South Korea Is Planning For Rapid Urban Population Increase
The City of Busan, South Korea’s second largest, in 2013 will be operating the world’s largest seawater reverse osmosis plant of its kind based on a measure of its unit train and membrane size. The plant will use membranes with a 16-inch diameter—double that of the current global standard.
“The purpose of the Busan project is to do the research and development, operate the technology on a practical level, then export the core technologies,” says Professor In S. Kim, executive director of the Center for Seawater Desalination Plant in Korea. “The greatest benefit will be the outcomes of the research and development that can be used in regions of the world where there are long-term water shortages, especially with the uncertainties presented by climate change. “The project is aimed at exploring overseas markets by developing integral and strategic technologies,” said Professor Kim. Seawater reverse osmosis desalination requires a lot of steps—intake, pre-treatment, the reverse osmosis process, and post-treatment processing.”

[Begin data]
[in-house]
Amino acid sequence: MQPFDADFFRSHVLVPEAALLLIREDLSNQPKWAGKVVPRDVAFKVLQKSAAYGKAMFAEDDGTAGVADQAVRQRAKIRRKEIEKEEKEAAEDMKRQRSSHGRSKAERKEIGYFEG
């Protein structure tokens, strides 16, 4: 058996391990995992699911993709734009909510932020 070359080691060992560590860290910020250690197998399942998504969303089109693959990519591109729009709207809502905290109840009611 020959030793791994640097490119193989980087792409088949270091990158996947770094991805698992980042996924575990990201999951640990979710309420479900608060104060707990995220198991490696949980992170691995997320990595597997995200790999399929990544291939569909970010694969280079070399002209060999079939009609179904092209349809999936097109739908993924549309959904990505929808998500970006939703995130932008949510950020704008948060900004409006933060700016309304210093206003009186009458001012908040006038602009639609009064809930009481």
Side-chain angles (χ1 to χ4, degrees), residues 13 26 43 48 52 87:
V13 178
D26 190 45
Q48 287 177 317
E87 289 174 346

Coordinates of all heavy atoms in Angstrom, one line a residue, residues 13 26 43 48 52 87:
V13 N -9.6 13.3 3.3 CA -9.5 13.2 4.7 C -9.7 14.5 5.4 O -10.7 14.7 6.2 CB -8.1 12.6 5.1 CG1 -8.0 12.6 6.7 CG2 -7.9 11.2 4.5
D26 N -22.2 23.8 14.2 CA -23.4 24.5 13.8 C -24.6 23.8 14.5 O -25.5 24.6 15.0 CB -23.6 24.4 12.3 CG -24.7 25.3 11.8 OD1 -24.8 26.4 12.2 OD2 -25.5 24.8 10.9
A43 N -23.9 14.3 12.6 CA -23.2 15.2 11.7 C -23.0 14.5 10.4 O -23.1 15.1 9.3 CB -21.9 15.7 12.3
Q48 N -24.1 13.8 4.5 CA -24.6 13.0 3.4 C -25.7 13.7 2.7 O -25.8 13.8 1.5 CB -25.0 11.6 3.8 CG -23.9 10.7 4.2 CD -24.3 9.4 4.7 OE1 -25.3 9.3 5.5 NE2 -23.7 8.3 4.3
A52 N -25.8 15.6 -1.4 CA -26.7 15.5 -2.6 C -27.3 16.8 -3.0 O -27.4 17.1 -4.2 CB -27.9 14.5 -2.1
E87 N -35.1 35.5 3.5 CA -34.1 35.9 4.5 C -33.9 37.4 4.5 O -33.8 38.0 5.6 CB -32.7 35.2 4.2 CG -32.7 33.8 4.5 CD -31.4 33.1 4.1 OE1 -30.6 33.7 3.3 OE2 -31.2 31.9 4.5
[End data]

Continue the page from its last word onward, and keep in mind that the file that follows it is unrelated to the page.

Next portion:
The new desalination plant, therefore, promises to diversify the sources of water resources and produce high-quality tap water for Busan.” The new desalination plant will be capable of producing 45 million litres of water daily, which is enough to provide drinking water for 50,000 households. The average water use per person per day in Busan is 301 litres.
The ambitious seawater reverse osmosis plan is in anticipation of massive increases in demand for drinking water in urban areas.
“In the next 40 years urban populations will grow by at least 1 million every week.”
“This is why water professionals need to change the way they think about sourcing water, and using it over and over again,” according to International Water Association’s (IWA) executive director, Paul Reiter. Mr Reiter announced at a press conference in Seoul that future technologies and approaches to providing sustainable water solutions will be center stage at the upcoming IWA World Water Congress & Exhibition in Korea in September.
Mr. Reiter says the most important message of the Congress for the expected 5,000 water professionals who attend will be to hasten the uptake of these new water management options. “We need to break the orthodox approach to delivering water to urban communities,” says Mr Reiter. Across the globe, water is an issue for many different reasons, including stable supply, sanitation, drainage, wastewater reuse, industrial management, or the environmental impact of new water technologies. Between 2009 and 2050, urban populations alone are projected to increase by 2.9 billion to 6.3 billion.